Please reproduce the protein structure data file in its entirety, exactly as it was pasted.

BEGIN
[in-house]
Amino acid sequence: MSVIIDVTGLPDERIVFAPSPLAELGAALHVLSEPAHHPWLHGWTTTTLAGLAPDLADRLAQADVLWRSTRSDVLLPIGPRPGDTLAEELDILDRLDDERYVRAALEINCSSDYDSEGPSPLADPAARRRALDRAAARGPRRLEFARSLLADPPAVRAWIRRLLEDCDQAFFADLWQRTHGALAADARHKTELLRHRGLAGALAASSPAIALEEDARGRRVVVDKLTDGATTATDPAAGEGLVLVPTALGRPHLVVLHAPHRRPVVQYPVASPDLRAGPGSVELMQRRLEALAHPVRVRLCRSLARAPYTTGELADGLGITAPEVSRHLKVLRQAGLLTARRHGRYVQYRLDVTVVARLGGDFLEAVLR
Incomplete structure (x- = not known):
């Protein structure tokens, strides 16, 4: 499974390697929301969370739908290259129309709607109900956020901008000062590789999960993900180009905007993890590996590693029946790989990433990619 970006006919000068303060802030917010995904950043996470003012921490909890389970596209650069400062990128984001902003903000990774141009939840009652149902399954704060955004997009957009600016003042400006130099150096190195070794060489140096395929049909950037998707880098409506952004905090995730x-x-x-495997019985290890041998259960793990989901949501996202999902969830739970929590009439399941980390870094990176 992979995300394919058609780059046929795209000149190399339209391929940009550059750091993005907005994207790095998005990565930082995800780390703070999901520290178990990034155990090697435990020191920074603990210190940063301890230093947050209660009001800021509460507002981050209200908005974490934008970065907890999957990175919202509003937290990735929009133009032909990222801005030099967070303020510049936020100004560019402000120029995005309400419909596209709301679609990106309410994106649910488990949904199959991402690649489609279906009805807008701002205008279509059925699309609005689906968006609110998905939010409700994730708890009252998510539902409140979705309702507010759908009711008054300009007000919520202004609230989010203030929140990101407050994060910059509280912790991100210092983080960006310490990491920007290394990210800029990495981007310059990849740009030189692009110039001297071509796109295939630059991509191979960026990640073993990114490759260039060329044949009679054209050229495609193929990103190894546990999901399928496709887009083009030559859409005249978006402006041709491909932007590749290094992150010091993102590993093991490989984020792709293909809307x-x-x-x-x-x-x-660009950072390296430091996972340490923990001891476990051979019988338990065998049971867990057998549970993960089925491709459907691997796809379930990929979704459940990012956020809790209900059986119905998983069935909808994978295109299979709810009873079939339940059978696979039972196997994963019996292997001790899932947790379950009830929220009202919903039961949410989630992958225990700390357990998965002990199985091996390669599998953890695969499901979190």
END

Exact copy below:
[in-house]
Amino acid sequence: MSVIIDVTGLPDERIVFAPSPLAELGAALHVLSEPAHHPWLHGWTTTTLAGLAPDLADRLAQADVLWRSTRSDVLLPIGPRPGDTLAEELDILDRLDDERYVRAALEINCSSDYDSEGPSPLADPAARRRALDRAAARGPRRLEFARSLLADPPAVRAWIRRLLEDCDQAFFADLWQRTHGALAADARHKTELLRHRGLAGALAASSPAIALEEDARGRRVVVDKLTDGATTATDPAAGEGLVLVPTALGRPHLVVLHAPHRRPVVQYPVASPDLRAGPGSVELMQRRLEALAHPVRVRLCRSLARAPYTTGELADGLGITAPEVSRHLKVLRQAGLLTARRHGRYVQYRLDVTVVARLGGDFLEAVLR
Incomplete structure (x- = not known):
């Protein structure tokens, strides 16, 4: 499974390697929301969370739908290259129309709607109900956020901008000062590789999960993900180009905007993890590996590693029946790989990433990619 970006006919000068303060802030917010995904950043996470003012921490909890389970596209650069400062990128984001902003903000990774141009939840009652149902399954704060955004997009957009600016003042400006130099150096190195070794060489140096395929049909950037998707880098409506952004905090995730x-x-x-495997019985290890041998259960793990989901949501996202999902969830739970929590009439399941980390870094990176 992979995300394919058609780059046929795209000149190399339209391929940009550059750091993005907005994207790095998005990565930082995800780390703070999901520290178990990034155990090697435990020191920074603990210190940063301890230093947050209660009001800021509460507002981050209200908005974490934008970065907890999957990175919202509003937290990735929009133009032909990222801005030099967070303020510049936020100004560019402000120029995005309400419909596209709301679609990106309410994106649910488990949904199959991402690649489609279906009805807008701002205008279509059925699309609005689906968006609110998905939010409700994730708890009252998510539902409140979705309702507010759908009711008054300009007000919520202004609230989010203030929140990101407050994060910059509280912790991100210092983080960006310490990491920007290394990210800029990495981007310059990849740009030189692009110039001297071509796109295939630059991509191979960026990640073993990114490759260039060329044949009679054209050229495609193929990103190894546990999901399928496709887009083009030559859409005249978006402006041709491909932007590749290094992150010091993102590993093991490989984020792709293909809307x-x-x-x-x-x-x-660009950072390296430091996972340490923990001891476990051979019988338990065998049971867990057998549970993960089925491709459907691997796809379930990929979704459940990012956020809790209900059986119905998983069935909808994978295109299979709810009873079939339940059978696979039972196997994963019996292997001790899932947790379950009830929220009202919903039961949410989630992958225990700390357990998965002990199985091996390669599998953890695969499901979190």